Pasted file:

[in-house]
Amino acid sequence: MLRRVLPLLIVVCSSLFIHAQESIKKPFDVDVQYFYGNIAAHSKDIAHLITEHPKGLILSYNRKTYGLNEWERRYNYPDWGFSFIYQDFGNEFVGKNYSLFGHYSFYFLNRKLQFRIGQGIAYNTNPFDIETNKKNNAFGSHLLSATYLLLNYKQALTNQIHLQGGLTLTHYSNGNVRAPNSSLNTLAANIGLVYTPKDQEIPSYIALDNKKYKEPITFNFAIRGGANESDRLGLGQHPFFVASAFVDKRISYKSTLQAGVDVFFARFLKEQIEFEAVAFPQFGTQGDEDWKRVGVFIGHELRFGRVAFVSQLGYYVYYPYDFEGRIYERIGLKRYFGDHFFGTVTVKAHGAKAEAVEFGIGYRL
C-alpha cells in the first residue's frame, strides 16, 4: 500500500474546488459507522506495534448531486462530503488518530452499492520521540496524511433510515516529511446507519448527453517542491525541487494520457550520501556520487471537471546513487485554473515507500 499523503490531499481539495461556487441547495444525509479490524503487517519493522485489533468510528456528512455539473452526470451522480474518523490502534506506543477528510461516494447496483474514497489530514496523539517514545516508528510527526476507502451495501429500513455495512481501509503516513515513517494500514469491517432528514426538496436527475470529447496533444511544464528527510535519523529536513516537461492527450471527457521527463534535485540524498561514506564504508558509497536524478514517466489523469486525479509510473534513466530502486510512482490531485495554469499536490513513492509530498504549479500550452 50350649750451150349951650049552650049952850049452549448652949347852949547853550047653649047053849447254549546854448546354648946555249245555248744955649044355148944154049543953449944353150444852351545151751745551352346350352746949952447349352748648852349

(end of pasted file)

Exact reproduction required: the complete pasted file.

[in-house]
Amino acid sequence: MLRRVLPLLIVVCSSLFIHAQESIKKPFDVDVQYFYGNIAAHSKDIAHLITEHPKGLILSYNRKTYGLNEWERRYNYPDWGFSFIYQDFGNEFVGKNYSLFGHYSFYFLNRKLQFRIGQGIAYNTNPFDIETNKKNNAFGSHLLSATYLLLNYKQALTNQIHLQGGLTLTHYSNGNVRAPNSSLNTLAANIGLVYTPKDQEIPSYIALDNKKYKEPITFNFAIRGGANESDRLGLGQHPFFVASAFVDKRISYKSTLQAGVDVFFARFLKEQIEFEAVAFPQFGTQGDEDWKRVGVFIGHELRFGRVAFVSQLGYYVYYPYDFEGRIYERIGLKRYFGDHFFGTVTVKAHGAKAEAVEFGIGYRL
C-alpha cells in the first residue's frame, strides 16, 4: 500500500474546488459507522506495534448531486462530503488518530452499492520521540496524511433510515516529511446507519448527453517542491525541487494520457550520501556520487471537471546513487485554473515507500 499523503490531499481539495461556487441547495444525509479490524503487517519493522485489533468510528456528512455539473452526470451522480474518523490502534506506543477528510461516494447496483474514497489530514496523539517514545516508528510527526476507502451495501429500513455495512481501509503516513515513517494500514469491517432528514426538496436527475470529447496533444511544464528527510535519523529536513516537461492527450471527457521527463534535485540524498561514506564504508558509497536524478514517466489523469486525479509510473534513466530502486510512482490531485495554469499536490513513492509530498504549479500550452 50350649750451150349951650049552650049952850049452549448652949347852949547853550047653649047053849447254549546854448546354648946555249245555248744955649044355148944154049543953449944353150444852351545151751745551352346350352746949952447349352748648852349